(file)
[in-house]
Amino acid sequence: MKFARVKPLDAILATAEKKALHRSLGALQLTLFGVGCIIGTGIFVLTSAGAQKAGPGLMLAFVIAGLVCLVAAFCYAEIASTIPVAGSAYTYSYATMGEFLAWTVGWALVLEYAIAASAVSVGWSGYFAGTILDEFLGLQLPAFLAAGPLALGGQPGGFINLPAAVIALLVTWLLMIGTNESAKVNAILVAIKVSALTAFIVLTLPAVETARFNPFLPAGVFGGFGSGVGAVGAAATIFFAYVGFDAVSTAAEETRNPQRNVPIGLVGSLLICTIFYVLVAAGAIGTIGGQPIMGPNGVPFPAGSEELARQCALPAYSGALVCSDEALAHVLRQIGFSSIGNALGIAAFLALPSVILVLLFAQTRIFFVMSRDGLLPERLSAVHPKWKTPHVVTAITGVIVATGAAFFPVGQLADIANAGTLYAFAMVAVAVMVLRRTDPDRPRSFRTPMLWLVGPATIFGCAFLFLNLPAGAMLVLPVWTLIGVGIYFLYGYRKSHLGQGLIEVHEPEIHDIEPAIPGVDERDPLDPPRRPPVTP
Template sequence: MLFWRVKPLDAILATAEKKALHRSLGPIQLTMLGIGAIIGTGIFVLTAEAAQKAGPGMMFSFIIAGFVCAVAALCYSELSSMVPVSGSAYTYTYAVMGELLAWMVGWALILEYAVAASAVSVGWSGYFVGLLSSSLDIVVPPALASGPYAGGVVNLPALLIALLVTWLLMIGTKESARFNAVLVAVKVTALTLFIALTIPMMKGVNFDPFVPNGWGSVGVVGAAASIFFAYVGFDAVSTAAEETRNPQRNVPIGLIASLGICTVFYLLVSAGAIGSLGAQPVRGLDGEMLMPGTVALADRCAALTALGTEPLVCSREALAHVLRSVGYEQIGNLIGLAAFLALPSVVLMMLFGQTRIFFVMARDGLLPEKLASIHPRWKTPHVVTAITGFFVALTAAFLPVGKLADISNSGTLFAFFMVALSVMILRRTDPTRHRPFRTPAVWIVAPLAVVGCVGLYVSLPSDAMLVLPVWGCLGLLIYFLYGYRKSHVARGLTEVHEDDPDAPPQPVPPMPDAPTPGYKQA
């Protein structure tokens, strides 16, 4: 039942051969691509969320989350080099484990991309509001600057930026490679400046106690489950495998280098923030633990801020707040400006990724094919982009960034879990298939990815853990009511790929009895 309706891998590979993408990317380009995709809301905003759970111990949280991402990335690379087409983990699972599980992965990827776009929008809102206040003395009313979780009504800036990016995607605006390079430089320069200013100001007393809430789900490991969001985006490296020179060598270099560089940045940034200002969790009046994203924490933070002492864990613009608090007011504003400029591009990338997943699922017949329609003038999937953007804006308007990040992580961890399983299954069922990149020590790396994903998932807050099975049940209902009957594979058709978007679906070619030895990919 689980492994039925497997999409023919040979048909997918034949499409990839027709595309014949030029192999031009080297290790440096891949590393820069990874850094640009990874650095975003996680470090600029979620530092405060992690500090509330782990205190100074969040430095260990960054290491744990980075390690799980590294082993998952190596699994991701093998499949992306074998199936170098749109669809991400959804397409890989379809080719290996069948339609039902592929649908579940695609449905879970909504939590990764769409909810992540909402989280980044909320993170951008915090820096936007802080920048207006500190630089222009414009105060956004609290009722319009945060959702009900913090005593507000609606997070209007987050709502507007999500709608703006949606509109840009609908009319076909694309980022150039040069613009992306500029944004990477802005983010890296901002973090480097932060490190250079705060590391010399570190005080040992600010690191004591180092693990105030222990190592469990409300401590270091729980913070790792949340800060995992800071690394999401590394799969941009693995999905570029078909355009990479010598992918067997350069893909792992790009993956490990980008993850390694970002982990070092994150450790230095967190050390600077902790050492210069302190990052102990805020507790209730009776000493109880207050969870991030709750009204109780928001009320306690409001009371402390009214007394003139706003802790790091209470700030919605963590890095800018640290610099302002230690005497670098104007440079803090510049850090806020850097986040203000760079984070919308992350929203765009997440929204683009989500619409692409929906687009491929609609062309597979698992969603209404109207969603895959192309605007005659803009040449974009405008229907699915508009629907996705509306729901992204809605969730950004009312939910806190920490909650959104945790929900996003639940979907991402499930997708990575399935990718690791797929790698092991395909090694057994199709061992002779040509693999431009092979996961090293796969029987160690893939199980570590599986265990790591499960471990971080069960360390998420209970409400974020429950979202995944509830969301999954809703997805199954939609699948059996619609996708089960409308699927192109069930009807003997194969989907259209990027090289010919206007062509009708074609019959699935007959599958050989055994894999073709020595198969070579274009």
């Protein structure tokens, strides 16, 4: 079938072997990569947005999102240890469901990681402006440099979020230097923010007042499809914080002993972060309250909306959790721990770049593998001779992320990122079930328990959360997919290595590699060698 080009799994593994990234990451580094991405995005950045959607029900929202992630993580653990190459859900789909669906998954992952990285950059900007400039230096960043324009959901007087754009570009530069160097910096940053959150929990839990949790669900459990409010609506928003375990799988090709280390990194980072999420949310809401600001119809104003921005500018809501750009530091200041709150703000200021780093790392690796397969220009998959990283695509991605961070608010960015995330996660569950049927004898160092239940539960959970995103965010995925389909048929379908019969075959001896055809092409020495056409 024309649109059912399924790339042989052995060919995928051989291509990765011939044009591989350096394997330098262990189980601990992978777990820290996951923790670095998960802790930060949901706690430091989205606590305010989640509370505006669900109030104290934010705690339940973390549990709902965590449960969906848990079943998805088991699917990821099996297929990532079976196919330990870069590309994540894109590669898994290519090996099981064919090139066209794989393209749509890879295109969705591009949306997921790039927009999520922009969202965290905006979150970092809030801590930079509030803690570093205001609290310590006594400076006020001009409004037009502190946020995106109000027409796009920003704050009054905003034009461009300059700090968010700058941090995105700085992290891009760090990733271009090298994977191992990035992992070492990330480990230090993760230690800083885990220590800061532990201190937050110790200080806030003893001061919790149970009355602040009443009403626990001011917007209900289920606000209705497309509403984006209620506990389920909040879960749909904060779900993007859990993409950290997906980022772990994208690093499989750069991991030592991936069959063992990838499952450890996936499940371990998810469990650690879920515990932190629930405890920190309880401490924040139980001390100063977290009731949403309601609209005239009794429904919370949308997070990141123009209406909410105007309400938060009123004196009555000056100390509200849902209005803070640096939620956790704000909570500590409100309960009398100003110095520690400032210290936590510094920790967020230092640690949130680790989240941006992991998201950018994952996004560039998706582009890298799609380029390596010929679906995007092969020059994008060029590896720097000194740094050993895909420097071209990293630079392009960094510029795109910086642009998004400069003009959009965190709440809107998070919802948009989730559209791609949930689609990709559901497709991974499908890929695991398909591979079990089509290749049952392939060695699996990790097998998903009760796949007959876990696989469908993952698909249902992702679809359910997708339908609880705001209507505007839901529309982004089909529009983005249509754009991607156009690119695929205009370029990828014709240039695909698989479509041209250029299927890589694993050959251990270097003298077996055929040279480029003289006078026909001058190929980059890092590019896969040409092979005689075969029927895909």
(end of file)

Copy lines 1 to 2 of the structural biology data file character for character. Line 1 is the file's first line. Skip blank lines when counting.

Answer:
[in-house]
Amino acid sequence: MKFARVKPLDAILATAEKKALHRSLGALQLTLFGVGCIIGTGIFVLTSAGAQKAGPGLMLAFVIAGLVCLVAAFCYAEIASTIPVAGSAYTYSYATMGEFLAWTVGWALVLEYAIAASAVSVGWSGYFAGTILDEFLGLQLPAFLAAGPLALGGQPGGFINLPAAVIALLVTWLLMIGTNESAKVNAILVAIKVSALTAFIVLTLPAVETARFNPFLPAGVFGGFGSGVGAVGAAATIFFAYVGFDAVSTAAEETRNPQRNVPIGLVGSLLICTIFYVLVAAGAIGTIGGQPIMGPNGVPFPAGSEELARQCALPAYSGALVCSDEALAHVLRQIGFSSIGNALGIAAFLALPSVILVLLFAQTRIFFVMSRDGLLPERLSAVHPKWKTPHVVTAITGVIVATGAAFFPVGQLADIANAGTLYAFAMVAVAVMVLRRTDPDRPRSFRTPMLWLVGPATIFGCAFLFLNLPAGAMLVLPVWTLIGVGIYFLYGYRKSHLGQGLIEVHEPEIHDIEPAIPGVDERDPLDPPRRPPVTP